Google announced early Friday morning that it has resuscitated its Speak2Tweet service in an effort to allow Syrians to evade their country’s Internet blackout and sent messages through Twitter.
The free service was developed in cooperation with Twitter in February 2011 during the five-day Egyptian Internet shutdown.
Syrians can call four different international numbers and leave a voicemail, which the service will then tweet. Google is promoting the service on Google+ and on Twitter, with the hashtag “#SyriaBlackout.”
Dozens of tweets have already been posted since Speak2Tweet came back online.
Syria’s information minister originally blamed “terrorists” for the blackout Thursday, but freedom activists have claimed President Bashar Assad’s regime is responsible.
One of the four physical cables providing Syrian Internet service, CloudFlare, described the regime’s explanation as “unlikely” in a blog post titled, “How Syria Turned Off the Internet.”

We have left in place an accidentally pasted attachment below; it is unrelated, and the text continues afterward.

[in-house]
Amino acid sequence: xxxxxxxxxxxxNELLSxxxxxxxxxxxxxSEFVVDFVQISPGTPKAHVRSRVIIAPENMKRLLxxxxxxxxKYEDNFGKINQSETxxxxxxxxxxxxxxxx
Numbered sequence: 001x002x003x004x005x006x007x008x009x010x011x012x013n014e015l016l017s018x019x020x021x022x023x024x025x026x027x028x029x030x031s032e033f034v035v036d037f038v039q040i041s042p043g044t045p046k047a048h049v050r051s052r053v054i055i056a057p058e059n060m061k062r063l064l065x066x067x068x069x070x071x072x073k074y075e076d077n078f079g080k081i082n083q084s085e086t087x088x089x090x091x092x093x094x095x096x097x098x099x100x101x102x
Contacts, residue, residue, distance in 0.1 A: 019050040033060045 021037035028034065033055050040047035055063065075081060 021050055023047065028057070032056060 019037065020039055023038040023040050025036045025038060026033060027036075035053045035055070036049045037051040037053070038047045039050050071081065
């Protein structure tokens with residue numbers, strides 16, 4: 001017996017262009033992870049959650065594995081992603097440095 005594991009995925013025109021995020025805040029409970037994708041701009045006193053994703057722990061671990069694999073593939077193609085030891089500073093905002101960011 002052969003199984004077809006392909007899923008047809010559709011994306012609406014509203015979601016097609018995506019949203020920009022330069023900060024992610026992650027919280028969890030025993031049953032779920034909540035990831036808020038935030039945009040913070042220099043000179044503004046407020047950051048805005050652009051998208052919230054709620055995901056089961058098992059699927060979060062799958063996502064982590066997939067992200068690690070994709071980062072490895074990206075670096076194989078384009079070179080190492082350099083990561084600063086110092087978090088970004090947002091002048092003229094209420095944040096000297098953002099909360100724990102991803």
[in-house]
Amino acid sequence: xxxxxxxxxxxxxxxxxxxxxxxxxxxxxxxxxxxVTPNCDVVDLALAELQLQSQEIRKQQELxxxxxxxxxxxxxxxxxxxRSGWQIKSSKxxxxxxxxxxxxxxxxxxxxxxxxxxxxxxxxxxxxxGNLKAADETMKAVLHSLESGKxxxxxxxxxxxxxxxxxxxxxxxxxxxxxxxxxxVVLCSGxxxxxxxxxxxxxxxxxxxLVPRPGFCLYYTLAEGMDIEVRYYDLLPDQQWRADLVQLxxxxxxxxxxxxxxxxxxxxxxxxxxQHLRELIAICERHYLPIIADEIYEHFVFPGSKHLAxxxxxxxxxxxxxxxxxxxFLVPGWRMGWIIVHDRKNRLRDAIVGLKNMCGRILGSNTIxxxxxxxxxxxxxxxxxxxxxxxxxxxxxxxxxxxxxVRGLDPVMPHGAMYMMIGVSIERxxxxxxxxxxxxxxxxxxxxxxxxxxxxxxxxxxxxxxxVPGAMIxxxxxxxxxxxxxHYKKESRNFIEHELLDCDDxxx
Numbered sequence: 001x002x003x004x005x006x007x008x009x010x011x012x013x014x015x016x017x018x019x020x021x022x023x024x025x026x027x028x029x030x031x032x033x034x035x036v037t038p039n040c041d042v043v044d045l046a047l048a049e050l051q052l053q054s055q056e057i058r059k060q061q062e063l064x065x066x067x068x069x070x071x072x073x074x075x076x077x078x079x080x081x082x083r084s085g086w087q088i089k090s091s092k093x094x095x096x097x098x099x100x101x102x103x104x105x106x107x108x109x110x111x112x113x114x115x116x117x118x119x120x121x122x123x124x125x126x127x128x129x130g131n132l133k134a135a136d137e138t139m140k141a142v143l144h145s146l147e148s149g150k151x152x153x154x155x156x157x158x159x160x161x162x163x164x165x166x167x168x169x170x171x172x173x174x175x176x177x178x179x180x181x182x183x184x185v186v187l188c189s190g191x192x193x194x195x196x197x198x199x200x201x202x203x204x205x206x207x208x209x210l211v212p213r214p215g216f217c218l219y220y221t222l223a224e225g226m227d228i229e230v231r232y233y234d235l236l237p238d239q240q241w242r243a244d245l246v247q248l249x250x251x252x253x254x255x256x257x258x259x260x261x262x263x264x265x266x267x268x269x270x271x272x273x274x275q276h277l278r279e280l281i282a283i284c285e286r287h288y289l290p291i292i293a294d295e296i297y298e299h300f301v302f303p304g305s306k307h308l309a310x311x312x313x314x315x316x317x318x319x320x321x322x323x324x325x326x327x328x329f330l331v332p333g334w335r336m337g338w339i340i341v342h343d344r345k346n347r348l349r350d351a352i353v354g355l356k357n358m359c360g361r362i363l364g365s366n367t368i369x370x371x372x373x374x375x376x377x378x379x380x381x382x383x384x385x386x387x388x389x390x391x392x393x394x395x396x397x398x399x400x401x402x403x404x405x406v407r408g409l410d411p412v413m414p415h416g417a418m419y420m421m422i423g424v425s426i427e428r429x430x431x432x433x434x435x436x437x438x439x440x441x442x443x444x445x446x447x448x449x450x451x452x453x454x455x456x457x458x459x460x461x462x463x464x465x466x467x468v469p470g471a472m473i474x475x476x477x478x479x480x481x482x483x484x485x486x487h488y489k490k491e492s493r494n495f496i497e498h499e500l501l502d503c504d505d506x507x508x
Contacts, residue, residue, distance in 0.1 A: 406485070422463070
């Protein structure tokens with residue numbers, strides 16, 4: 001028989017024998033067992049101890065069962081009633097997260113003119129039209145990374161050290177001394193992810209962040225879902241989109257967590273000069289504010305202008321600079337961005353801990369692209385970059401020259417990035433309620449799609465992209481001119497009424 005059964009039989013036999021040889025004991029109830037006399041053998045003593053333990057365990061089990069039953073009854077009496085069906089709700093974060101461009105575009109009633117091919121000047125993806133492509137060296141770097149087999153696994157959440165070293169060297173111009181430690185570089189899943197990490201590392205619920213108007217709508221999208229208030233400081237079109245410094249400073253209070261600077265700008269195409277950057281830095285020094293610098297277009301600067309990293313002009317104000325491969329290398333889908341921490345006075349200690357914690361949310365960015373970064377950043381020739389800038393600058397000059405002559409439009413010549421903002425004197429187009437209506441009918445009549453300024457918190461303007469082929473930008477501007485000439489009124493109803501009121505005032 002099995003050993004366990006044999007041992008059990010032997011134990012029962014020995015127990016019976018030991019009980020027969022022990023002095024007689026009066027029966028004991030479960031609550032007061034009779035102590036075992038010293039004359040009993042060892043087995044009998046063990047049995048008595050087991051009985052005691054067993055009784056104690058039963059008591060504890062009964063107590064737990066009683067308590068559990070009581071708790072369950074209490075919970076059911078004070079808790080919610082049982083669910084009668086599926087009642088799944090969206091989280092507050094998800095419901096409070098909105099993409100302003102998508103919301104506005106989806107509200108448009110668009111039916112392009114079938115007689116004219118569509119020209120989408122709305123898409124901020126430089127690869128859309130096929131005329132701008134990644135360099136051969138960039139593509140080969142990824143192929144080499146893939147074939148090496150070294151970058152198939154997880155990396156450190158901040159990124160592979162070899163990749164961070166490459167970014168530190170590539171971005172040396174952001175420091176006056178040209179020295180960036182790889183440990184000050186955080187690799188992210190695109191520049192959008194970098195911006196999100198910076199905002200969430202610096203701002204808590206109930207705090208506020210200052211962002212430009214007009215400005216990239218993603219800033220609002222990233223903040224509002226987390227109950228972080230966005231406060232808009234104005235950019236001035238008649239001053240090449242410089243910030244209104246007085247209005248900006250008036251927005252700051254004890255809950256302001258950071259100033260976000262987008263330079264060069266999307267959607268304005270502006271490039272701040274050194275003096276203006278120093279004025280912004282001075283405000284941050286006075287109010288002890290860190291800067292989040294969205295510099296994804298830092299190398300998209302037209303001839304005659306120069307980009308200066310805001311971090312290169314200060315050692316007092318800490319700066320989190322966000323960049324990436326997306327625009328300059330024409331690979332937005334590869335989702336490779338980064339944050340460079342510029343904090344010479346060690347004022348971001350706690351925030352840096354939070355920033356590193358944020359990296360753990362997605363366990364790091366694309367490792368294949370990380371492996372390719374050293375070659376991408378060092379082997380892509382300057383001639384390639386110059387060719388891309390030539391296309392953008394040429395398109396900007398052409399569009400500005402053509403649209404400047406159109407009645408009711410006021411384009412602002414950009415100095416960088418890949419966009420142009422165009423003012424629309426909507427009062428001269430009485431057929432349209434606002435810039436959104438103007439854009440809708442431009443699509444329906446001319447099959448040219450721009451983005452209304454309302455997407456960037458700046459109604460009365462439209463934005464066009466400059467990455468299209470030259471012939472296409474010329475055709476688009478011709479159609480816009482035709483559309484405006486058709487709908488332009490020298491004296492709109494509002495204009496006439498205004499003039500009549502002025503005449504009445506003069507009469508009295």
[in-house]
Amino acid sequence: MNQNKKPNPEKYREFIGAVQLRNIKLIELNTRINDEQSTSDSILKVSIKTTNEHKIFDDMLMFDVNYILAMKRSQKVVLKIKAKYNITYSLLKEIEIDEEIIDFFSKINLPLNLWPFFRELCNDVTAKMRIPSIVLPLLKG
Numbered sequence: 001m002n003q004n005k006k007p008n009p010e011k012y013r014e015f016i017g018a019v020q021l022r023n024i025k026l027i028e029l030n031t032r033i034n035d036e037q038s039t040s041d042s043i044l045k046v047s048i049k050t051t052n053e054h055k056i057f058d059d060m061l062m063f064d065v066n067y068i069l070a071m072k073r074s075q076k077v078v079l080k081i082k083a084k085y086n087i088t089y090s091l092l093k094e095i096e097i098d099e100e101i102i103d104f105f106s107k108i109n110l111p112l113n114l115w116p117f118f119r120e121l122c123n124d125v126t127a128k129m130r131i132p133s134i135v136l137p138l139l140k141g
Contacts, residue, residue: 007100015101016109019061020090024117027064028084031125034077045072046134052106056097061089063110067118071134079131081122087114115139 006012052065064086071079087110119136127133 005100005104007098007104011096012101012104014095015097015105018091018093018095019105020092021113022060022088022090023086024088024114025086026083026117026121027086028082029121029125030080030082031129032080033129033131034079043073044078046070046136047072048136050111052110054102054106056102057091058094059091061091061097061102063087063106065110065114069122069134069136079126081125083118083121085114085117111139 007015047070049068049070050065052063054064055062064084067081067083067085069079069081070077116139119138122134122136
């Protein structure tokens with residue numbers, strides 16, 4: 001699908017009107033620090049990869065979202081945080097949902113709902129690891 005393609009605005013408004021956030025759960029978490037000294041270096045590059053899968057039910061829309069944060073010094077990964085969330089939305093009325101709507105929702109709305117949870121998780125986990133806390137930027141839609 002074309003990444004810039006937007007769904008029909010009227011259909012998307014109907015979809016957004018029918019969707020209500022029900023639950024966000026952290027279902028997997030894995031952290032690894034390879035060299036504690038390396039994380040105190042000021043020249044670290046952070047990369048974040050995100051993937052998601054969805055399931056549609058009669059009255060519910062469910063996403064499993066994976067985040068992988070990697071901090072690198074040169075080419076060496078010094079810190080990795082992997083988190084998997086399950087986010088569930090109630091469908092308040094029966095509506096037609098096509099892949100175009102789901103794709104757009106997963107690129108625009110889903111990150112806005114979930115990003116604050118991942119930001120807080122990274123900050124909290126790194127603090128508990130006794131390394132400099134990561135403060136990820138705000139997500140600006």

“We don’t believe our role is to take sides in political conflicts. However, we do believe it is our mission to build a better Internet where everyone can have a voice and access information,” CloudFlare said. “It is therefore deeply troubling to the CloudFlare team when we see an entire nation cut off from the ability to access and report information.”
All four cables were simultaneously shut down. Despite nearly 20-months of violent uprising against the Assad regime, the move to cut the Internet and select cellphone service areas in Syria is unprecedented.
In response, U.S. Ambassador to Syria Robert Ford said the U.S. has given opposition activists “a thousand pieces of non-lethal equipment — largely communications gear.”
Google has often been a proponent of Internet openness, opposing both cyber-censorship in China and United Nations efforts to regulate the internet.